What is the best thing about the Postgres community / what do you like the most?

Over 175 respondents shared one or more aspects of the community that they like the most.

Documentation quality, community helpfulness and commitment to open-source, and volume of available resources were common themes.

We’ve included an assortment of responses below. View 2021 raw data for a closer look.

👋

“The strong desire to do things properly and openness to all sorts of critique to improve.”

✏️

“Excellent documentation, focus on code quality & reliability, focus on ongoing steady improvement over flashy marketing.”

🧑‍🔧

“Everyone is very accessible and knowledgeable. It's easy to find someone who can solve an issue.”

“Attention to standards and correctness.”

🙌

“Usually there is already a solution somewhere.”

💬

“The quality of Stack Overflow answers is much better than for most technologies.”

🤝

“Knowledgeable, helpful, friendly, and respectful help on the mailing lists. Meritocracy of decision making and planning of features. Appreciably transparent core team dialogue for the releases and major decisions.”

💯

“Dedication to PostgreSQL as a public good over the long haul.”

What is the most challenging thing about the Postgres community/what do you like the least?

Over 120 respondents provided one or more aspects of the community where they see challenges or room for improvement, and we’ve included an assortment below. View 2021 raw data for a closer look.

💻

“First code contribution can be traumatic... sometimes we're not very welcome with new developers. We should improve it a lot!!!”

💡

“Too much fragmentation, the lack of a community endorsed professional certification.”

🙋‍♂️

“There is less focus on providing modern development infrastructure (a bugtracker, issue system, CI/CD, community group chats that are mobile friendly), and, IMO as a result, that diminishes the number of new contributors.”

✉️

“Code should be migrated to GitHub or GitLab. The community should use a proper ticker tracker like any other project does and drop the old school mailing lists progressively, or use them only for announcements purposes.”

Note: We realize that we could have worded this question differently. In the future, we'll use "Where do you see room for improvement in the Postgres community?"

We asked respondents what would make the Postgres community better and/or more welcoming to newcomers.

In addition to respondents who said the community is welcoming already, nearly 100 provided suggestions. We've included a few below. View 2021 raw data for a closer look.

📝

“Write the docs assuming the user does not have a degree in CS, provide a library of examples - some generic and some specific to verticals and tasks.”

🔎

“Better visibility that there is a community other than those who submit and approve pull requests.”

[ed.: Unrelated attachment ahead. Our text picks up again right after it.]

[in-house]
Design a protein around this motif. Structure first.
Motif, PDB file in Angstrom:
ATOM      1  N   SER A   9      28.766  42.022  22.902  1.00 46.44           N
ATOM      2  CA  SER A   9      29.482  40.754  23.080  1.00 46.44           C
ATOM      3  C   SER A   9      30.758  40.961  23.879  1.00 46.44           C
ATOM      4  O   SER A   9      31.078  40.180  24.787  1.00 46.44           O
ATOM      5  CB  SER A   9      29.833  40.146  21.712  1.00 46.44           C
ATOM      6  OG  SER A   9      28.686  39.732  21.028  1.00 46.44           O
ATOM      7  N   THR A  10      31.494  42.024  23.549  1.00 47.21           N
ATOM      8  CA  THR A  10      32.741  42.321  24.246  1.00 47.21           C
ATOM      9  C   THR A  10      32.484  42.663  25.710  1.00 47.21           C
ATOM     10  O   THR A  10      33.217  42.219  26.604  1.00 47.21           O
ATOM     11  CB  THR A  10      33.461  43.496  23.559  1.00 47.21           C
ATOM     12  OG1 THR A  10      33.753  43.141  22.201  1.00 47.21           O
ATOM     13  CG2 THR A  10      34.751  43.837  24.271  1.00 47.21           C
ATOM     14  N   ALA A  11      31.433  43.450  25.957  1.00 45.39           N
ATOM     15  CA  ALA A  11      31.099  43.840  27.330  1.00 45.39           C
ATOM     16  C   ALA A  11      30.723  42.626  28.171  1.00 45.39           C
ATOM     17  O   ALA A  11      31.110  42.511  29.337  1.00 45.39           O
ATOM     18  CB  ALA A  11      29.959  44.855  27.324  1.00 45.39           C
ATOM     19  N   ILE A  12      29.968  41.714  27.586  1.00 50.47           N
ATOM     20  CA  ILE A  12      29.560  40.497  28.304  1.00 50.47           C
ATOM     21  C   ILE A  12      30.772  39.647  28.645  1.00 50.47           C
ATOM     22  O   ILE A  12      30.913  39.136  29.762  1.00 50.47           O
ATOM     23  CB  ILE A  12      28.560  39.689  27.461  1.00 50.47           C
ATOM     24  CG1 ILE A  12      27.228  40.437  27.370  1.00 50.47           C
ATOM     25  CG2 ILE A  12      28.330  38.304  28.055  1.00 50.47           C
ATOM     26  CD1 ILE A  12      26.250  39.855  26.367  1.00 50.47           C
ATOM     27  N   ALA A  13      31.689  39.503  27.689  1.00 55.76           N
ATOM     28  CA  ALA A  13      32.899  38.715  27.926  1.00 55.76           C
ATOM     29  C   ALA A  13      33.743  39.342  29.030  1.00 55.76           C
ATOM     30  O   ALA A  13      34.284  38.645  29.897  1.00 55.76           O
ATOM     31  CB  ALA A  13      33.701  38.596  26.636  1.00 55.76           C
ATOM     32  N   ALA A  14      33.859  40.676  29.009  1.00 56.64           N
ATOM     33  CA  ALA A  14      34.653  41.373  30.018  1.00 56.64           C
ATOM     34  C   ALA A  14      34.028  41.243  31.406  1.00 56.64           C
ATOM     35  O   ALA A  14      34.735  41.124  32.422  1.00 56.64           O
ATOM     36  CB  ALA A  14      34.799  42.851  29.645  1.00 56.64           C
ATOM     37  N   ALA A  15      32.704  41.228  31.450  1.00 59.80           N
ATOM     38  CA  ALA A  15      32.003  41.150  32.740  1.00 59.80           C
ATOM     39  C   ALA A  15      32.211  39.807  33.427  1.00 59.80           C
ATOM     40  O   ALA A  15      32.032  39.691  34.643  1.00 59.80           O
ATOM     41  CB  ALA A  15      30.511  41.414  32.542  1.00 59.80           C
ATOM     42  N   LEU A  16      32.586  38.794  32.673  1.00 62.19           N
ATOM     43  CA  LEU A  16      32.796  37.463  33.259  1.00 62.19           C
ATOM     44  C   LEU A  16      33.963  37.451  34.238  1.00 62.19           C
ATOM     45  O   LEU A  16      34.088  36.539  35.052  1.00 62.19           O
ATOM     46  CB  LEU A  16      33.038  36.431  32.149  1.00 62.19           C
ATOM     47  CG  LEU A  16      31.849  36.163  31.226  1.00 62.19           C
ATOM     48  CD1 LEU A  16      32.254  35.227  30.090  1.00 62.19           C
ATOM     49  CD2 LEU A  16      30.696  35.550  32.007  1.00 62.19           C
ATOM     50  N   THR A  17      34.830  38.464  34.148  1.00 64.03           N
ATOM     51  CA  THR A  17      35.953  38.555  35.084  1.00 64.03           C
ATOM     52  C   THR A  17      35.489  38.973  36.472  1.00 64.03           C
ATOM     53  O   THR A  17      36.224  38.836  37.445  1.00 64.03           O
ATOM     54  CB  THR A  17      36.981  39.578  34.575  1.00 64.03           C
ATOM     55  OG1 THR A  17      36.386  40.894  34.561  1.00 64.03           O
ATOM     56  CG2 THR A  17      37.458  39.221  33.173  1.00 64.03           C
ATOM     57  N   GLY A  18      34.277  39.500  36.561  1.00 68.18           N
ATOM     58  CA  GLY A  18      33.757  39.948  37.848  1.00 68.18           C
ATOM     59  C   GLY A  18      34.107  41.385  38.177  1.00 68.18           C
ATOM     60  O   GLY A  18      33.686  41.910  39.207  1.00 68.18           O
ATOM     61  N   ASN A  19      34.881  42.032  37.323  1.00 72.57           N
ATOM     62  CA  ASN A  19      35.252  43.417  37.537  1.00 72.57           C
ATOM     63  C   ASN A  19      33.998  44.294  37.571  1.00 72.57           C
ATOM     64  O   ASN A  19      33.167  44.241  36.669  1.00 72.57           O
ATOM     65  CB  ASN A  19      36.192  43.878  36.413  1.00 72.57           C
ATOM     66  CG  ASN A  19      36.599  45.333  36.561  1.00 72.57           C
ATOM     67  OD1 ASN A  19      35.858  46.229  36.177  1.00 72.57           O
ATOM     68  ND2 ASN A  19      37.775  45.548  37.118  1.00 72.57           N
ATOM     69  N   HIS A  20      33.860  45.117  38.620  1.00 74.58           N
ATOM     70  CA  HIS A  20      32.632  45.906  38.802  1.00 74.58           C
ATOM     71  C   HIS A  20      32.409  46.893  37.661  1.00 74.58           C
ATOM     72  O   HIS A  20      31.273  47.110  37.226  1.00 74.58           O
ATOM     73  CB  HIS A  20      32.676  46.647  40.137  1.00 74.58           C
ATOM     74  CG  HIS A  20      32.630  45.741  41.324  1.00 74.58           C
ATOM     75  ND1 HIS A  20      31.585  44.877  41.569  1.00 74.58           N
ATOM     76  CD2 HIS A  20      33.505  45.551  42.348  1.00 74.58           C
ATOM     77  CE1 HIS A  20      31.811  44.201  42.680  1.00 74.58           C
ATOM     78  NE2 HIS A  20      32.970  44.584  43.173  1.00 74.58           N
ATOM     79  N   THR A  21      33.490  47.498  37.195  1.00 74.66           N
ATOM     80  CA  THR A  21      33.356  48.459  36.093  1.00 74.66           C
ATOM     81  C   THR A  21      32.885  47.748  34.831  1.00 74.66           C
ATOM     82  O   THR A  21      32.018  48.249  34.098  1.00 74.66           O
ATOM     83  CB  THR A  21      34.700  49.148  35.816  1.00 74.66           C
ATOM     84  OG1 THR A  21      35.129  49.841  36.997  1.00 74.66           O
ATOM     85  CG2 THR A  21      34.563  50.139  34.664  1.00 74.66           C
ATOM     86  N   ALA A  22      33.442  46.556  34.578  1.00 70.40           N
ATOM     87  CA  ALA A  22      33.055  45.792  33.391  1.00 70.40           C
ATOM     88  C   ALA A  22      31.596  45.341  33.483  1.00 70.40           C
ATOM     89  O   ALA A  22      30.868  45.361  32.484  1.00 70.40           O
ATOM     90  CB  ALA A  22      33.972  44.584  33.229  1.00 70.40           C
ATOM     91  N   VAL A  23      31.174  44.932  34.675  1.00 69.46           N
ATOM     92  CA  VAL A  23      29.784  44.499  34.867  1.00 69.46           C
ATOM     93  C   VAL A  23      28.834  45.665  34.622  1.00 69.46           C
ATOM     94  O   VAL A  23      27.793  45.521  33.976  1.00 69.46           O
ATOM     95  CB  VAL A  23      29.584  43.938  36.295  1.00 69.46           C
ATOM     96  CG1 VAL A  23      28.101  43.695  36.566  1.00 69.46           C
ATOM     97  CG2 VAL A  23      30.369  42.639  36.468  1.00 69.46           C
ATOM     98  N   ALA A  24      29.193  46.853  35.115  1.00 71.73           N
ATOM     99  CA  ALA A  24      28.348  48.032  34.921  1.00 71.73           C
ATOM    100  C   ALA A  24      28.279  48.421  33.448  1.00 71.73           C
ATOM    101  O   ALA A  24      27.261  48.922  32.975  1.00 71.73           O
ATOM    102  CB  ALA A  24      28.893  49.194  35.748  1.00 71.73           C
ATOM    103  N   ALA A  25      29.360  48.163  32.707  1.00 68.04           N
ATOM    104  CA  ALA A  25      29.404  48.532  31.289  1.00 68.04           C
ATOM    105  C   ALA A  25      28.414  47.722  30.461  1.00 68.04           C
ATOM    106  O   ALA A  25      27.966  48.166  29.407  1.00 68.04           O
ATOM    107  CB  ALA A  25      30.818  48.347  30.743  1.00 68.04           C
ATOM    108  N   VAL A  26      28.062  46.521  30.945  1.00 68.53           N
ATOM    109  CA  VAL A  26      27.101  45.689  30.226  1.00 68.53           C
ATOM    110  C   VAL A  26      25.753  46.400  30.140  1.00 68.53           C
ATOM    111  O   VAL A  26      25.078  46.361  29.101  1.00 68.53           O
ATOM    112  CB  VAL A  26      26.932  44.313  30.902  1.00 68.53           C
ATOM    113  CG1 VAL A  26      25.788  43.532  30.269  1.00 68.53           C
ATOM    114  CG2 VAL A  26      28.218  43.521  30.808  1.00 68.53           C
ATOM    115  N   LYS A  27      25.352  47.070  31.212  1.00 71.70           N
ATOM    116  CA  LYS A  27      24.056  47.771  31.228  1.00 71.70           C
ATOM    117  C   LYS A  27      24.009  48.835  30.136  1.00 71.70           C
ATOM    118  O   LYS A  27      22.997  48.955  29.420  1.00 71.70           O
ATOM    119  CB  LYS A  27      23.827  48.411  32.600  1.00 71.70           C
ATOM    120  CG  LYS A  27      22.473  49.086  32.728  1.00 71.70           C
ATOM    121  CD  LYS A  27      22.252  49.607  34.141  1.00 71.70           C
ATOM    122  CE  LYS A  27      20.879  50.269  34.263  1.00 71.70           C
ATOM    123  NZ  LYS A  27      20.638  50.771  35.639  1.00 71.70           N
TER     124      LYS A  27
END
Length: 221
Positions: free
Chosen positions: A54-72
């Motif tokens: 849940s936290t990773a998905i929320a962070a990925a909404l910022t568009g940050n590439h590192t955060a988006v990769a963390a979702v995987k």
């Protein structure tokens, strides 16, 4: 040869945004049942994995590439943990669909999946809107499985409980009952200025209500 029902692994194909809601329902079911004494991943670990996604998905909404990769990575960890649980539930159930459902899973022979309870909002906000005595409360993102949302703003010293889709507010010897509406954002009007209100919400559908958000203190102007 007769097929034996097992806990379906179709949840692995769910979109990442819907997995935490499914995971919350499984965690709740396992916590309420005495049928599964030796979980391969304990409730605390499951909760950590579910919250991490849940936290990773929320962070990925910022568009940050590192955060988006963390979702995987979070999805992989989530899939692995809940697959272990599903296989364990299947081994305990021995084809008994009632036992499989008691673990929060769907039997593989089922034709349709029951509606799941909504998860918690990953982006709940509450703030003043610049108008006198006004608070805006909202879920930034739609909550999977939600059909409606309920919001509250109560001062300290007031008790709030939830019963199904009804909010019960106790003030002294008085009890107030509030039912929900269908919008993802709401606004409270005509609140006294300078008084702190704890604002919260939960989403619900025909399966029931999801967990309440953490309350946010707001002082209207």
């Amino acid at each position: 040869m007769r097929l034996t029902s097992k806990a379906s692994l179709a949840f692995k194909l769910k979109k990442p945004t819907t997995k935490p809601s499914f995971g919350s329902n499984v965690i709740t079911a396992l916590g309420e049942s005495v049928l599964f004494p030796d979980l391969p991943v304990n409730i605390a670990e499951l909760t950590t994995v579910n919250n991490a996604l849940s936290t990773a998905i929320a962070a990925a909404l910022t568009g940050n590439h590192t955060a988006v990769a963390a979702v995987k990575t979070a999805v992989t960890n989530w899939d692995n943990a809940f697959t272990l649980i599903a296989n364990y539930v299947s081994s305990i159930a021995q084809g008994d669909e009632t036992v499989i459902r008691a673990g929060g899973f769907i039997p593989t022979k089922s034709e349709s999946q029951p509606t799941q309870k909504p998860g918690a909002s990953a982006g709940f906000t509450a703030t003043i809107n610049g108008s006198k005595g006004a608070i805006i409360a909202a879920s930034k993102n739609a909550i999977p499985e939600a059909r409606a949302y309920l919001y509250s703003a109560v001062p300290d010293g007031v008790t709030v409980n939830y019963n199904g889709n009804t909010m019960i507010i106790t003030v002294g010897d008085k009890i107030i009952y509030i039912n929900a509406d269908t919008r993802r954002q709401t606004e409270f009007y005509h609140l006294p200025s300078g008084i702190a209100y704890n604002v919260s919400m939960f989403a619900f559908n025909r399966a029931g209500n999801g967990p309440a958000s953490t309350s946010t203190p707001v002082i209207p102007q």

📹

“Engage in more modern ways: Discord, YouTube, etc. Really embrace beginners, supporting them both with learning materials and a place to ask questions.”

📖

“The community has a lot of infrastructure but in terms of information architecture (i.e. library sciences type stuff) it seems to have grown organically, and that makes it hard for newcomers to get their bearings... It'd be good to think through that holistically, and to try to define and streamline common paths through it all.”

In addition to asking respondents about event recommendations and code contributions earlier in the survey, we asked how else they engage or interact with the Postgres community.

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Ecosystem & Tools

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What are your top 3 favorite or most frequently used Postgres extension(s)?

74% (331/445) respondents shared extensions. We asked for the top 3, but some respondents went above and beyond. We’ve summarized the top 10, listed in order of frequency.

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Note: Respondents were asked to list their 3 favorite or most frequently used Postgres extensions(s) before seeing the list of extensions below. (We wanted to see what people would include unprompted.)

Which of the below Postgres extensions are you familiar with?

We surveyed TimescaleDB community members to curate this list to narrow down the 20K+ Postgres extensions. (See our Top 5 PostgreSQL extensions blog post for details.)

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Note: Respondents could select as many options as desired.

What languages do you most frequently use to access Postgres?

SQL, Python, and Java were cited as the most commonly used languages to access Postgres, with JavaScript / TypeScript and Shell tied for 4th.